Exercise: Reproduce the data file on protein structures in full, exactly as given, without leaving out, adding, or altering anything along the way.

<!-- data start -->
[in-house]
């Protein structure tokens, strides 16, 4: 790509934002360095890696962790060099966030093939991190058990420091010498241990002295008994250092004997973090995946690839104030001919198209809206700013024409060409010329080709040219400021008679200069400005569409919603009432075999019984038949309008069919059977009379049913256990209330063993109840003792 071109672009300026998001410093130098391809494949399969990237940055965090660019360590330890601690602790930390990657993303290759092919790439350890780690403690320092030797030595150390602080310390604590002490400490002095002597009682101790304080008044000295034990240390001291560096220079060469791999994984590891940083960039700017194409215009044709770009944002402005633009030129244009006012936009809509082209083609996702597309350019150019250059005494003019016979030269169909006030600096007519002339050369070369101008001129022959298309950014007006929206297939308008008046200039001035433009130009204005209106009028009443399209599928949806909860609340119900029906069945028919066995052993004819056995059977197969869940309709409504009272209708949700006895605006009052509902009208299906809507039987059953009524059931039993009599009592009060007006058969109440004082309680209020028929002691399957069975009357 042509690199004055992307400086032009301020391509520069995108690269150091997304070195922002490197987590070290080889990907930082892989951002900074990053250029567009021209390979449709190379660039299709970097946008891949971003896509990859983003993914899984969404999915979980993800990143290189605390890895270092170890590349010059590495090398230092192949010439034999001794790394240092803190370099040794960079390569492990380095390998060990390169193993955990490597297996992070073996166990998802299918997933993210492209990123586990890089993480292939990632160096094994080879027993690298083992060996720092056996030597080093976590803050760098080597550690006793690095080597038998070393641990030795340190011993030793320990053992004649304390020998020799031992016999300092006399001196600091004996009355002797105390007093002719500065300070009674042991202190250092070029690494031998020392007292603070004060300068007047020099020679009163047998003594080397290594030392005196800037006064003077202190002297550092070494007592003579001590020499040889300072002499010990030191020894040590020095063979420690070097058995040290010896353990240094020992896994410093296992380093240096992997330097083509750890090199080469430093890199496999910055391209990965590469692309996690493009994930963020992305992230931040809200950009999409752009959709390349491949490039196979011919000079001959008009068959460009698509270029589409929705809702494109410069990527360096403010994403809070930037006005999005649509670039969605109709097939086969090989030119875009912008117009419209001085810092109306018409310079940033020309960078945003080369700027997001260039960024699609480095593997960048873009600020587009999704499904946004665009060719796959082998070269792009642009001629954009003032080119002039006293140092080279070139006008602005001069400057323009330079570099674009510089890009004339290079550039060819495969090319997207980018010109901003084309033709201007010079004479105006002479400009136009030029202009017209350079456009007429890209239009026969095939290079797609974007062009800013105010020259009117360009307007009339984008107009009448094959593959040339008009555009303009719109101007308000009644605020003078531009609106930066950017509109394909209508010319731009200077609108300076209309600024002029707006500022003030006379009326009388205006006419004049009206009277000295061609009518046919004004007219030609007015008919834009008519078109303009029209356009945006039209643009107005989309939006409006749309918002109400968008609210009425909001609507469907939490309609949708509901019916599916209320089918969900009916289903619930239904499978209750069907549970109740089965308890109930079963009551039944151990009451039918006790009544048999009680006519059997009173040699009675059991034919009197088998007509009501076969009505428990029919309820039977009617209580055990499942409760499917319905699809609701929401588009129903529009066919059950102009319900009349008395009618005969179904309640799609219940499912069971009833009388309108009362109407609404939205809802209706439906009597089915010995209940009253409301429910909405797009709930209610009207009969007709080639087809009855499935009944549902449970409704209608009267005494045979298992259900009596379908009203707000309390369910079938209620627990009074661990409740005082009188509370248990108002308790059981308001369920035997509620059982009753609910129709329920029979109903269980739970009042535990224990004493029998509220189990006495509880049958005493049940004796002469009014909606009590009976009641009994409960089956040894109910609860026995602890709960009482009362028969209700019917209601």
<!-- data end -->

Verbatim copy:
[in-house]
């Protein structure tokens, strides 16, 4: 790509934002360095890696962790060099966030093939991190058990420091010498241990002295008994250092004997973090995946690839104030001919198209809206700013024409060409010329080709040219400021008679200069400005569409919603009432075999019984038949309008069919059977009379049913256990209330063993109840003792 071109672009300026998001410093130098391809494949399969990237940055965090660019360590330890601690602790930390990657993303290759092919790439350890780690403690320092030797030595150390602080310390604590002490400490002095002597009682101790304080008044000295034990240390001291560096220079060469791999994984590891940083960039700017194409215009044709770009944002402005633009030129244009006012936009809509082209083609996702597309350019150019250059005494003019016979030269169909006030600096007519002339050369070369101008001129022959298309950014007006929206297939308008008046200039001035433009130009204005209106009028009443399209599928949806909860609340119900029906069945028919066995052993004819056995059977197969869940309709409504009272209708949700006895605006009052509902009208299906809507039987059953009524059931039993009599009592009060007006058969109440004082309680209020028929002691399957069975009357 042509690199004055992307400086032009301020391509520069995108690269150091997304070195922002490197987590070290080889990907930082892989951002900074990053250029567009021209390979449709190379660039299709970097946008891949971003896509990859983003993914899984969404999915979980993800990143290189605390890895270092170890590349010059590495090398230092192949010439034999001794790394240092803190370099040794960079390569492990380095390998060990390169193993955990490597297996992070073996166990998802299918997933993210492209990123586990890089993480292939990632160096094994080879027993690298083992060996720092056996030597080093976590803050760098080597550690006793690095080597038998070393641990030795340190011993030793320990053992004649304390020998020799031992016999300092006399001196600091004996009355002797105390007093002719500065300070009674042991202190250092070029690494031998020392007292603070004060300068007047020099020679009163047998003594080397290594030392005196800037006064003077202190002297550092070494007592003579001590020499040889300072002499010990030191020894040590020095063979420690070097058995040290010896353990240094020992896994410093296992380093240096992997330097083509750890090199080469430093890199496999910055391209990965590469692309996690493009994930963020992305992230931040809200950009999409752009959709390349491949490039196979011919000079001959008009068959460009698509270029589409929705809702494109410069990527360096403010994403809070930037006005999005649509670039969605109709097939086969090989030119875009912008117009419209001085810092109306018409310079940033020309960078945003080369700027997001260039960024699609480095593997960048873009600020587009999704499904946004665009060719796959082998070269792009642009001629954009003032080119002039006293140092080279070139006008602005001069400057323009330079570099674009510089890009004339290079550039060819495969090319997207980018010109901003084309033709201007010079004479105006002479400009136009030029202009017209350079456009007429890209239009026969095939290079797609974007062009800013105010020259009117360009307007009339984008107009009448094959593959040339008009555009303009719109101007308000009644605020003078531009609106930066950017509109394909209508010319731009200077609108300076209309600024002029707006500022003030006379009326009388205006006419004049009206009277000295061609009518046919004004007219030609007015008919834009008519078109303009029209356009945006039209643009107005989309939006409006749309918002109400968008609210009425909001609507469907939490309609949708509901019916599916209320089918969900009916289903619930239904499978209750069907549970109740089965308890109930079963009551039944151990009451039918006790009544048999009680006519059997009173040699009675059991034919009197088998007509009501076969009505428990029919309820039977009617209580055990499942409760499917319905699809609701929401588009129903529009066919059950102009319900009349008395009618005969179904309640799609219940499912069971009833009388309108009362109407609404939205809802209706439906009597089915010995209940009253409301429910909405797009709930209610009207009969007709080639087809009855499935009944549902449970409704209608009267005494045979298992259900009596379908009203707000309390369910079938209620627990009074661990409740005082009188509370248990108002308790059981308001369920035997509620059982009753609910129709329920029979109903269980739970009042535990224990004493029998509220189990006495509880049958005493049940004796002469009014909606009590009976009641009994409960089956040894109910609860026995602890709960009482009362028969209700019917209601």